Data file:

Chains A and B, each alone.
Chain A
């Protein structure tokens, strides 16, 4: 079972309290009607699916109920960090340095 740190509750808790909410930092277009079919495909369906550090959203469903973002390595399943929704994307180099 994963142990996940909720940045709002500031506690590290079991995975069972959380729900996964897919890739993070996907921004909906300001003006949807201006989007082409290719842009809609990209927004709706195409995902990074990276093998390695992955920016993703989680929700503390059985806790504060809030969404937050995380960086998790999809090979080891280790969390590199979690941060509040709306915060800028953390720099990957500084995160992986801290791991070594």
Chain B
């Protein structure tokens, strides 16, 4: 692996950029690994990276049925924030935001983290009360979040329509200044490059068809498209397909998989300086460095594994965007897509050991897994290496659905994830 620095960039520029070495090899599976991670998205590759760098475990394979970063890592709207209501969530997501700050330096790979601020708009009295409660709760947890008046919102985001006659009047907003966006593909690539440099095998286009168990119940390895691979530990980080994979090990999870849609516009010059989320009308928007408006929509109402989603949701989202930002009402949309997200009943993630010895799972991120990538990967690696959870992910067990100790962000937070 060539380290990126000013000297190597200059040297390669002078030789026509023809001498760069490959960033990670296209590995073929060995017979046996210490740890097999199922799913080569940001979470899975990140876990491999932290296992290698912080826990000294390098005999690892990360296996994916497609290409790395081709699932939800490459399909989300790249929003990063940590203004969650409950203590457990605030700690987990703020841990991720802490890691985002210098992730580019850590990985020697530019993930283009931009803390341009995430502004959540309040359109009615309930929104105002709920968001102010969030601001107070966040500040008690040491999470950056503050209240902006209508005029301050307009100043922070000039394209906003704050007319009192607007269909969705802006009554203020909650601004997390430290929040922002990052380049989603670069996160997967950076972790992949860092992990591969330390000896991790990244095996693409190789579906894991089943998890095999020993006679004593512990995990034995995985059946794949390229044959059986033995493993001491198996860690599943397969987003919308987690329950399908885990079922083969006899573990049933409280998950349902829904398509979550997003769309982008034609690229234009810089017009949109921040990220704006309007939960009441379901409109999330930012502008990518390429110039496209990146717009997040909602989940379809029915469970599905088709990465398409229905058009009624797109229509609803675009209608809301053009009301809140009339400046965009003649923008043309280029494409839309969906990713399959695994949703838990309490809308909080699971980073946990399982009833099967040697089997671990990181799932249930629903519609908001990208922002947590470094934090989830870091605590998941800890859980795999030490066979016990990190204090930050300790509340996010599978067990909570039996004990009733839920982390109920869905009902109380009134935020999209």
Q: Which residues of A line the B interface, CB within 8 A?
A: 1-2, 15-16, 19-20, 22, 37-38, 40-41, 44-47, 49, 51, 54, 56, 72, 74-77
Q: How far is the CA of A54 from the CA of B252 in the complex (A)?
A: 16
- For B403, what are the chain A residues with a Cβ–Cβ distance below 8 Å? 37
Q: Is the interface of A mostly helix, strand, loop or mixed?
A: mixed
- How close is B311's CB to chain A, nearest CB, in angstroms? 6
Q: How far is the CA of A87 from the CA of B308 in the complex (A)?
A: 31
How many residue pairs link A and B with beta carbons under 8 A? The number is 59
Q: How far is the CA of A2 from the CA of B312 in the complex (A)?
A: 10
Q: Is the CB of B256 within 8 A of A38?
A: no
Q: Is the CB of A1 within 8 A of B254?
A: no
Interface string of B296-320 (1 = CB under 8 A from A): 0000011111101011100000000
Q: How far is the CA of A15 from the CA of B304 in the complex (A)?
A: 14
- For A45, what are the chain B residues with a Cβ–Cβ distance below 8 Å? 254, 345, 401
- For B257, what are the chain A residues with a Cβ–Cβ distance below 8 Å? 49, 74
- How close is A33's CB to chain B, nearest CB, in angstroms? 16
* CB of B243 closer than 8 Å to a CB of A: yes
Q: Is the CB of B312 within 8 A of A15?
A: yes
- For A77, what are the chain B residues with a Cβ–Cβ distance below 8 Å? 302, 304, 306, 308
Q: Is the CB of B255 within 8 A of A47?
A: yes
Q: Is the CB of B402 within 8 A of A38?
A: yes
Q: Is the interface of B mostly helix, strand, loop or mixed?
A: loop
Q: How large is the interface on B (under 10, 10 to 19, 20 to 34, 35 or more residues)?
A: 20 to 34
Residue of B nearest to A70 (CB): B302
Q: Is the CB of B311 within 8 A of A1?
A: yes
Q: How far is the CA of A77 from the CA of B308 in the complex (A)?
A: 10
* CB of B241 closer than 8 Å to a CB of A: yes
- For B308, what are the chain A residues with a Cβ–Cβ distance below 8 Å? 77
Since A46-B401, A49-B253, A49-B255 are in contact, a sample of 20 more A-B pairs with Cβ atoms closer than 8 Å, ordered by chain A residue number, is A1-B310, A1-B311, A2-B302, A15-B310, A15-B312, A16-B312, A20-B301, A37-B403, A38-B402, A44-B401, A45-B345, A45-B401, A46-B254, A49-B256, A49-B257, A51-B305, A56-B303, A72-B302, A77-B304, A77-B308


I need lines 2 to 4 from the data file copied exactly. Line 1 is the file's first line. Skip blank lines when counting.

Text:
Chain A
């Protein structure tokens, strides 16, 4: 079972309290009607699916109920960090340095 740190509750808790909410930092277009079919495909369906550090959203469903973002390595399943929704994307180099 994963142990996940909720940045709002500031506690590290079991995975069972959380729900996964897919890739993070996907921004909906300001003006949807201006989007082409290719842009809609990209927004709706195409995902990074990276093998390695992955920016993703989680929700503390059985806790504060809030969404937050995380960086998790999809090979080891280790969390590199979690941060509040709306915060800028953390720099990957500084995160992986801290791991070594």
Chain B